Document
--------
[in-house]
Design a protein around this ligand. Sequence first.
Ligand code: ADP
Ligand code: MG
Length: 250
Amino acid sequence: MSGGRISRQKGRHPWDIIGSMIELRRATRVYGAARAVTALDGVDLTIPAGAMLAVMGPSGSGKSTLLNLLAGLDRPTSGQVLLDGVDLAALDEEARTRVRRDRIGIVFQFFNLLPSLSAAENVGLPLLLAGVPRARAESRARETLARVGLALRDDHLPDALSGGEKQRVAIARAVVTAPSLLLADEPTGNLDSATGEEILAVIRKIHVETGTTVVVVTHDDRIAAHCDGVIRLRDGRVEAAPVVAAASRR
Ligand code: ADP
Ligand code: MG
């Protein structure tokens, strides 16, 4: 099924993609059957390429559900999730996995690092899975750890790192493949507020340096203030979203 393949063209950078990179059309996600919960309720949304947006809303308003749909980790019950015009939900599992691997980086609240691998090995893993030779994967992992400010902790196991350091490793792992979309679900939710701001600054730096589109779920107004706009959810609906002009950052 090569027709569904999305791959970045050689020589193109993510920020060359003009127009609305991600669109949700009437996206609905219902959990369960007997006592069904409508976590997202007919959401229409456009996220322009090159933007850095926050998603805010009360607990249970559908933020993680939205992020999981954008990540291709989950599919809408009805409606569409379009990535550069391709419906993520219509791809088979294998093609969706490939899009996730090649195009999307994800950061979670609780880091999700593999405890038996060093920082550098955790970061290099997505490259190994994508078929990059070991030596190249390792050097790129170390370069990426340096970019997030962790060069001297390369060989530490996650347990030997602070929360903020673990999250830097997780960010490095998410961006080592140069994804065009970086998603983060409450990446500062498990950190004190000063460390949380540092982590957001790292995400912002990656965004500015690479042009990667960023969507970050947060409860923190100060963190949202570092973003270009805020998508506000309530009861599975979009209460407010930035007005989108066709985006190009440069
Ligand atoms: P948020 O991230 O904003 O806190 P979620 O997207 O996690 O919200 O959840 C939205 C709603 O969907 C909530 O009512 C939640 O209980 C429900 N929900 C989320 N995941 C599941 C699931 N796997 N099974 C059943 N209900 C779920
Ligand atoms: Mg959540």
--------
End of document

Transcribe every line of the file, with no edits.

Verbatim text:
[in-house]
Design a protein around this ligand. Sequence first.
Ligand code: ADP
Ligand code: MG
Length: 250
Amino acid sequence: MSGGRISRQKGRHPWDIIGSMIELRRATRVYGAARAVTALDGVDLTIPAGAMLAVMGPSGSGKSTLLNLLAGLDRPTSGQVLLDGVDLAALDEEARTRVRRDRIGIVFQFFNLLPSLSAAENVGLPLLLAGVPRARAESRARETLARVGLALRDDHLPDALSGGEKQRVAIARAVVTAPSLLLADEPTGNLDSATGEEILAVIRKIHVETGTTVVVVTHDDRIAAHCDGVIRLRDGRVEAAPVVAAASRR
Ligand code: ADP
Ligand code: MG
């Protein structure tokens, strides 16, 4: 099924993609059957390429559900999730996995690092899975750890790192493949507020340096203030979203 393949063209950078990179059309996600919960309720949304947006809303308003749909980790019950015009939900599992691997980086609240691998090995893993030779994967992992400010902790196991350091490793792992979309679900939710701001600054730096589109779920107004706009959810609906002009950052 090569027709569904999305791959970045050689020589193109993510920020060359003009127009609305991600669109949700009437996206609905219902959990369960007997006592069904409508976590997202007919959401229409456009996220322009090159933007850095926050998603805010009360607990249970559908933020993680939205992020999981954008990540291709989950599919809408009805409606569409379009990535550069391709419906993520219509791809088979294998093609969706490939899009996730090649195009999307994800950061979670609780880091999700593999405890038996060093920082550098955790970061290099997505490259190994994508078929990059070991030596190249390792050097790129170390370069990426340096970019997030962790060069001297390369060989530490996650347990030997602070929360903020673990999250830097997780960010490095998410961006080592140069994804065009970086998603983060409450990446500062498990950190004190000063460390949380540092982590957001790292995400912002990656965004500015690479042009990667960023969507970050947060409860923190100060963190949202570092973003270009805020998508506000309530009861599975979009209460407010930035007005989108066709985006190009440069
Ligand atoms: P948020 O991230 O904003 O806190 P979620 O997207 O996690 O919200 O959840 C939205 C709603 O969907 C909530 O009512 C939640 O209980 C429900 N929900 C989320 N995941 C599941 C699931 N796997 N099974 C059943 N209900 C779920
Ligand atoms: Mg959540």